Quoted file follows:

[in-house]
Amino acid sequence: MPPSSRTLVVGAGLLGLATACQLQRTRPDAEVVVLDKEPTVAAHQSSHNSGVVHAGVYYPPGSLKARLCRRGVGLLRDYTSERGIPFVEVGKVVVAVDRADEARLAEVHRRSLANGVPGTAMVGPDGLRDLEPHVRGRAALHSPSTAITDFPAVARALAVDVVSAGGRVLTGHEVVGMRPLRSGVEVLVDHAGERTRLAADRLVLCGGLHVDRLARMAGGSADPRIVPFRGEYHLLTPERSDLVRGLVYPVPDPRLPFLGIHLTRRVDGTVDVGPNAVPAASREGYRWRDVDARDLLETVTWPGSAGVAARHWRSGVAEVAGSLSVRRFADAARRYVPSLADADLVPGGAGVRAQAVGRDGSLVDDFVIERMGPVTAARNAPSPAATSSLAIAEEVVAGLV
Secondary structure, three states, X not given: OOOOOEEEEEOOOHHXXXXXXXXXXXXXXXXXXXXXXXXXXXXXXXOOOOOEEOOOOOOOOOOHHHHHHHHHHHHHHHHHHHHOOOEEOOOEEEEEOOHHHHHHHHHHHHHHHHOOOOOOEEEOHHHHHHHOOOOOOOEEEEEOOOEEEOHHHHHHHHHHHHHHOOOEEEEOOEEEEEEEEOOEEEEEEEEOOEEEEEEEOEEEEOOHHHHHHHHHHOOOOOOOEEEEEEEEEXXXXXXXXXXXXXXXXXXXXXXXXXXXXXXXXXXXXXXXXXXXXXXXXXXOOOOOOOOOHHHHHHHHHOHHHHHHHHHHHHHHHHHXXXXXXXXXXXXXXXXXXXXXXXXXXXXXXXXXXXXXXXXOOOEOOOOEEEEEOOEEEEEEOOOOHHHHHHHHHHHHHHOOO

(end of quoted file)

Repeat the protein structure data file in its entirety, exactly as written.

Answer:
[in-house]
Amino acid sequence: MPPSSRTLVVGAGLLGLATACQLQRTRPDAEVVVLDKEPTVAAHQSSHNSGVVHAGVYYPPGSLKARLCRRGVGLLRDYTSERGIPFVEVGKVVVAVDRADEARLAEVHRRSLANGVPGTAMVGPDGLRDLEPHVRGRAALHSPSTAITDFPAVARALAVDVVSAGGRVLTGHEVVGMRPLRSGVEVLVDHAGERTRLAADRLVLCGGLHVDRLARMAGGSADPRIVPFRGEYHLLTPERSDLVRGLVYPVPDPRLPFLGIHLTRRVDGTVDVGPNAVPAASREGYRWRDVDARDLLETVTWPGSAGVAARHWRSGVAEVAGSLSVRRFADAARRYVPSLADADLVPGGAGVRAQAVGRDGSLVDDFVIERMGPVTAARNAPSPAATSSLAIAEEVVAGLV
Secondary structure, three states, X not given: OOOOOEEEEEOOOHHXXXXXXXXXXXXXXXXXXXXXXXXXXXXXXXOOOOOEEOOOOOOOOOOHHHHHHHHHHHHHHHHHHHHOOOEEOOOEEEEEOOHHHHHHHHHHHHHHHHOOOOOOEEEOHHHHHHHOOOOOOOEEEEEOOOEEEOHHHHHHHHHHHHHHOOOEEEEOOEEEEEEEEOOEEEEEEEEOOEEEEEEEOEEEEOOHHHHHHHHHHOOOOOOOEEEEEEEEEXXXXXXXXXXXXXXXXXXXXXXXXXXXXXXXXXXXXXXXXXXXXXXXXXXOOOOOOOOOHHHHHHHHHOHHHHHHHHHHHHHHHHHXXXXXXXXXXXXXXXXXXXXXXXXXXXXXXXXXXXXXXXXOOOEOOOOEEEEEOOEEEEEEOOOOHHHHHHHHHHHHHHOOO